What's new in REST Assured 1.8?

REST Assured is a framework for easy testing of REST or HTTP services in Java and has recently reached version 1.8. The internals of REST Assured have undergone a major refactoring to allow JsonPath and XmlPath to be extracted to their own projects. This allows you to use these projects without depending on REST Assured itself. What does this mean and how can you benefit? Read on!

Parsing documents with Groovy GPath

Groovy has a very simple and elegant way to parse XML and JSON documents. Consider the following JSON document:


Groovy has something called a JsonSlurper which you can use to extract documents from this document:

def lotto = new JsonSlurper().parseText(lottoJson)

// Extract the lotto id
def lottoId = lotto.lottoId
// Get the list of winning numbers
def winningNumbers = lotto.'winning-numbers'
// Returns a list containing 23, 54
def winningNumbers = lotto.winners.winnerId

Now consider the following XML document:

     Pickup Truck with speed of 271kph
     Isle of Man
     Street-Legal Car at 99cm wide, 59kg
     Most Valuable Car at $15 million

For XML Groovy provides the XmlSlurper that let’s you do e.g:

def records = new XmlSlurper().parseText(recordsXml)

// Extract the name attribute of the first car
def nameOfFirstCar = records.car[0].@name
// Extract the country of the last car
def nameOfCountryForLastCar = records.car[-1].country
// Extract the years of the first two records as a list (of strings)
def years = records.car[0..1].@year

Parsing JSON documents with REST Assured JsonPath

JsonPath is essentially a wrapper around Groovys JsonSlurper that adds some additional features and makes it a little bit simpler to work with from Java. It’s a standard Maven dependency and you don’t need to configure and Groovy compilers etc, you don’t even have to know that Groovy is involved. Let’s have a look at how we can extract the very same values from the “lotto” JSON document but this time using REST Assured’s JsonPath:

JsonPath jsonPath = new JsonPath(lottoJson);

// Extract the lotto id
int lottoId = jsonPath.getInt("lotto.lottoId");
// Get the list of winning numbers,
// note that you don't need to escape 'winning-numbers'.
List winningNumbers = jsonPath.get("lotto.winning-numbers");
// Returns a list containing 23, 54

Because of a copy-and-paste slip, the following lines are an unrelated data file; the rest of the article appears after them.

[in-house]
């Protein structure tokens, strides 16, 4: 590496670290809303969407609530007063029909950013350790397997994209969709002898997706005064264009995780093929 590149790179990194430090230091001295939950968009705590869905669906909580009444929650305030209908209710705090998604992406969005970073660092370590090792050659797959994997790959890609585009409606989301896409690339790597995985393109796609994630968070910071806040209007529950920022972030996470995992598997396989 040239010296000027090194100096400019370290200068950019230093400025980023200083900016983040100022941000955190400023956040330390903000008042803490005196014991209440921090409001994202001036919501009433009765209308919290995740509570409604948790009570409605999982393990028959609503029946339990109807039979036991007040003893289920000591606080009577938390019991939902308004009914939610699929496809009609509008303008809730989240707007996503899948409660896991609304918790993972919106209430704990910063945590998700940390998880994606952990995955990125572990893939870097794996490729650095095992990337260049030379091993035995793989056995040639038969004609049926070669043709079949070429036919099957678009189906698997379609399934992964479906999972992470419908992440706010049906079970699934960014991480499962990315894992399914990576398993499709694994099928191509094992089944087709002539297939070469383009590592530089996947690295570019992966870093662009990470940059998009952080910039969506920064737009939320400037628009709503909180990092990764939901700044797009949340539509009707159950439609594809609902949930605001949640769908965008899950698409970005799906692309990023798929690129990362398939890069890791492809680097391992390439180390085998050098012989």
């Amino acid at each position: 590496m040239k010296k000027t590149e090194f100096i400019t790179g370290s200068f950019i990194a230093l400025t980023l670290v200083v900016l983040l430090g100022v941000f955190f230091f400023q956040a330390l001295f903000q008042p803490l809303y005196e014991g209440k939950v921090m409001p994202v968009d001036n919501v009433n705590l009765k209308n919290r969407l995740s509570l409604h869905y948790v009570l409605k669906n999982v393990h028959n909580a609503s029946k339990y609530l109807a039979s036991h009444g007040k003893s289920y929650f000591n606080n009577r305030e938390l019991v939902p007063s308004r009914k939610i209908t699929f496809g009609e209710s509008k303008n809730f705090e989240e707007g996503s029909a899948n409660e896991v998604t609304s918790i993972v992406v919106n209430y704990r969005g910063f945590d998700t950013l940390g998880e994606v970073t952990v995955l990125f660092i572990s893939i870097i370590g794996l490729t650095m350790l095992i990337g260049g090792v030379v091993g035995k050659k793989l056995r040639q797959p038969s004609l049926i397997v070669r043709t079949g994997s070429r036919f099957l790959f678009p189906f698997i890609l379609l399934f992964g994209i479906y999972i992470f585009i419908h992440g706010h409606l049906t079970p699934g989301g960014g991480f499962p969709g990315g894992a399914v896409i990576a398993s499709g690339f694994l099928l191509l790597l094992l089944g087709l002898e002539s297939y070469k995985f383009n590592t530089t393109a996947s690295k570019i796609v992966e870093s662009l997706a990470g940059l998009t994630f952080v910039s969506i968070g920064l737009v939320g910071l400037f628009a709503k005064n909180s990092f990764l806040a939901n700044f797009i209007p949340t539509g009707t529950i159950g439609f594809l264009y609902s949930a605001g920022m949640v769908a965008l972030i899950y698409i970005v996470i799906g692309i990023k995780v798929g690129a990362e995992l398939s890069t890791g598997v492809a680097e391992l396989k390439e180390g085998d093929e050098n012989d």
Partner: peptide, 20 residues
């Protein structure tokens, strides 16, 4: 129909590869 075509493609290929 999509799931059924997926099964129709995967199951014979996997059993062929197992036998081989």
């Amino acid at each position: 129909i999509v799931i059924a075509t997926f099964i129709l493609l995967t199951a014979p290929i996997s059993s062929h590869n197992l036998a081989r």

List winningNumbers = jsonPath.get("lotto.winners.winnerId");

You can see that we’ve duplicated “lotto” in all our paths. To avoid this we can set a root path:

JsonPath jsonPath = new JsonPath(lottoJson);

// Extract the lotto id
int lottoId = jsonPath.getInt("lottoId");
// Get the list of winning numbers
List winningNumbers = jsonPath.get("winning-numbers");
// Returns a list containing 23, 54
List winningNumbers = jsonPath.get("lotto.winners.winnerId");

If you’re only interested in extracting a single value you can do like this:

// "from" is statically imported from JsonPath
int lottoId = from(lottoJson).getInt("lotto.lottoId");

It’s also possible to do some more complex stuff, such as summing the total winning numbers:

int sumOfWinningNumbers = from(lottoJson).

or finding all numbers greater than 10 of the winner with id 23:

// Will return a list with 45,34 and 23
List numbers = from(lottoJson).getList(
  "lotto.winners.find {it.winnerId == 23}.numbers.findAll {it > 10}",

Object Mapping

One of the nice things with JsonPath is that it allows you to do object mapping using either Gson, Jackson or Jackson 2 and it’s also possible to roll your own. For example let’s say that we want to extract the first winner to a Java bean defined like this:

public class Winner {

    private int winnerId;
    private List numbers;

    public int getWinnerId() {
        return winnerId;

    public void setWinnerId(int winnerId) {
        this.winnerId = winnerId;

    public List getNumbers() {
        return numbers;

    public void setNumbers(List numbers) {
        this.numbers = numbers;

We can extract the first winner as a Java object:

Winner winner = from(LOTTO).getObject("lotto.winners[0]", Winner.class);


You can easily configure JsonPath to for example provider your own object mapper, configure existing object mappers, change charset etc etc. You can do this by supplying a configuration to JsonPath:

JsonPath jsonPath = new JsonPath(new File("/tmp/document.json")).
                           using(new JsonPathConfig("ISO-8859-1"));

This will instruct JsonPath to assume content type ISO-8859-1 when parsing the document at /tmp/document.json.

Summary JsonPath

Since JsonPath now can be used stand-alone without any need to depend on REST Assured itself it can be seen as an alternative to Json-Path.

Parsing XML documents with REST Assured XmlPath

Let’s revisit the XML example:

     Pickup Truck with speed of 271kph
     Isle of Man
     Street-Legal Car at 99cm wide, 59kg
     Most Valuable Car at $15 million

Using XmlPath in REST Assured we can extract some values like this:

XmlPath xmlPath = new XmlPath(recordsXml);

// Extract the name attribute of the first car
String nameOfFirstCar = xmlPath.get("car[0].@name");
// Extract the country of the last car
String nameOfCountryForLastCar = xmlPath.get("car[-1].country");
// Extract the years of the first two records as a list (of ints)
List years = xmlPath.getList("car[0..1].@year", Integer.class);